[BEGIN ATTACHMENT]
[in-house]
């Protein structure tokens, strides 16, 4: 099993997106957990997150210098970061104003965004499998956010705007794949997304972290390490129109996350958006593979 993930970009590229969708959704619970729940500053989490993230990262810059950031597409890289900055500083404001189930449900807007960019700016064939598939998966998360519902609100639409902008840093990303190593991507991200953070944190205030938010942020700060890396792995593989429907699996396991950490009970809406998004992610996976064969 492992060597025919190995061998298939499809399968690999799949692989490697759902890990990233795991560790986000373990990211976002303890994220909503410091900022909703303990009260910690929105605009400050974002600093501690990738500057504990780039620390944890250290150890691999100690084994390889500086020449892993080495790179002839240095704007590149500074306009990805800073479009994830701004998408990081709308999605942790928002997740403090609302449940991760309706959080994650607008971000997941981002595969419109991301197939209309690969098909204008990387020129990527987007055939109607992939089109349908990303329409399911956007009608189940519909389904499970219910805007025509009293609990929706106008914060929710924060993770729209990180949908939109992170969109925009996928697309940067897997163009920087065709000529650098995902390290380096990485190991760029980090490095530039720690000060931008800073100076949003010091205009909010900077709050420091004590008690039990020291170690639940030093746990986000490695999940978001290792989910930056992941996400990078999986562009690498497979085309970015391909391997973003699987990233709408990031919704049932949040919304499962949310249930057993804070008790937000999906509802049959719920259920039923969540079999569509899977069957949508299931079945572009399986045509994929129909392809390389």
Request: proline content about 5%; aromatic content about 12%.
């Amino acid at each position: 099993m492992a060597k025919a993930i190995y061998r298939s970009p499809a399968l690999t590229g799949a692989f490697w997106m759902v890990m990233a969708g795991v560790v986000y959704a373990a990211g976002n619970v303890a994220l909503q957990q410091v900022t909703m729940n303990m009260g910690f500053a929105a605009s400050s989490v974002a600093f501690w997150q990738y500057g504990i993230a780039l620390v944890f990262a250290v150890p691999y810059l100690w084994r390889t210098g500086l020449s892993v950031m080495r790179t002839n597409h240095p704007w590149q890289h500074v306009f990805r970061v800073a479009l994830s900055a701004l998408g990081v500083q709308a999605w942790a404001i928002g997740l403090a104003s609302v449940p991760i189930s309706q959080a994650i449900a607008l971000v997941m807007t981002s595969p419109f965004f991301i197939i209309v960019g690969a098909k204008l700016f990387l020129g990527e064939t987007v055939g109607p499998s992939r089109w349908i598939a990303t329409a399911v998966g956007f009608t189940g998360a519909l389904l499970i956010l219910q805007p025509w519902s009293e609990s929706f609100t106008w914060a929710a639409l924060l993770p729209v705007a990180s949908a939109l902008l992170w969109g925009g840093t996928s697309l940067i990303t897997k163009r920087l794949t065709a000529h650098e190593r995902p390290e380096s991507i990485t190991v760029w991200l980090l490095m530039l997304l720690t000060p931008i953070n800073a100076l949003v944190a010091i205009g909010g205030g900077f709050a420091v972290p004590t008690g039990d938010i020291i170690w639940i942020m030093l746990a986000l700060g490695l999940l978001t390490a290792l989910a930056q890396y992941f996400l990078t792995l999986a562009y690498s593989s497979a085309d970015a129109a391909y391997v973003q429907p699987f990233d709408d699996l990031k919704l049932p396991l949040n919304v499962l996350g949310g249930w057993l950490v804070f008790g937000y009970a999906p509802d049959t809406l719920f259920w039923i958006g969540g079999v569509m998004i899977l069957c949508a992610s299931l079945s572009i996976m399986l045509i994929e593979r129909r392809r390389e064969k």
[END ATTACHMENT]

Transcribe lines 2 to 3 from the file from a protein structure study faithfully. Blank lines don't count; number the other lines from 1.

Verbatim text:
């Protein structure tokens, strides 16, 4: 099993997106957990997150210098970061104003965004499998956010705007794949997304972290390490129109996350958006593979 993930970009590229969708959704619970729940500053989490993230990262810059950031597409890289900055500083404001189930449900807007960019700016064939598939998966998360519902609100639409902008840093990303190593991507991200953070944190205030938010942020700060890396792995593989429907699996396991950490009970809406998004992610996976064969 492992060597025919190995061998298939499809399968690999799949692989490697759902890990990233795991560790986000373990990211976002303890994220909503410091900022909703303990009260910690929105605009400050974002600093501690990738500057504990780039620390944890250290150890691999100690084994390889500086020449892993080495790179002839240095704007590149500074306009990805800073479009994830701004998408990081709308999605942790928002997740403090609302449940991760309706959080994650607008971000997941981002595969419109991301197939209309690969098909204008990387020129990527987007055939109607992939089109349908990303329409399911956007009608189940519909389904499970219910805007025509009293609990929706106008914060929710924060993770729209990180949908939109992170969109925009996928697309940067897997163009920087065709000529650098995902390290380096990485190991760029980090490095530039720690000060931008800073100076949003010091205009909010900077709050420091004590008690039990020291170690639940030093746990986000490695999940978001290792989910930056992941996400990078999986562009690498497979085309970015391909391997973003699987990233709408990031919704049932949040919304499962949310249930057993804070008790937000999906509802049959719920259920039923969540079999569509899977069957949508299931079945572009399986045509994929129909392809390389």
Request: proline content about 5%; aromatic content about 12%.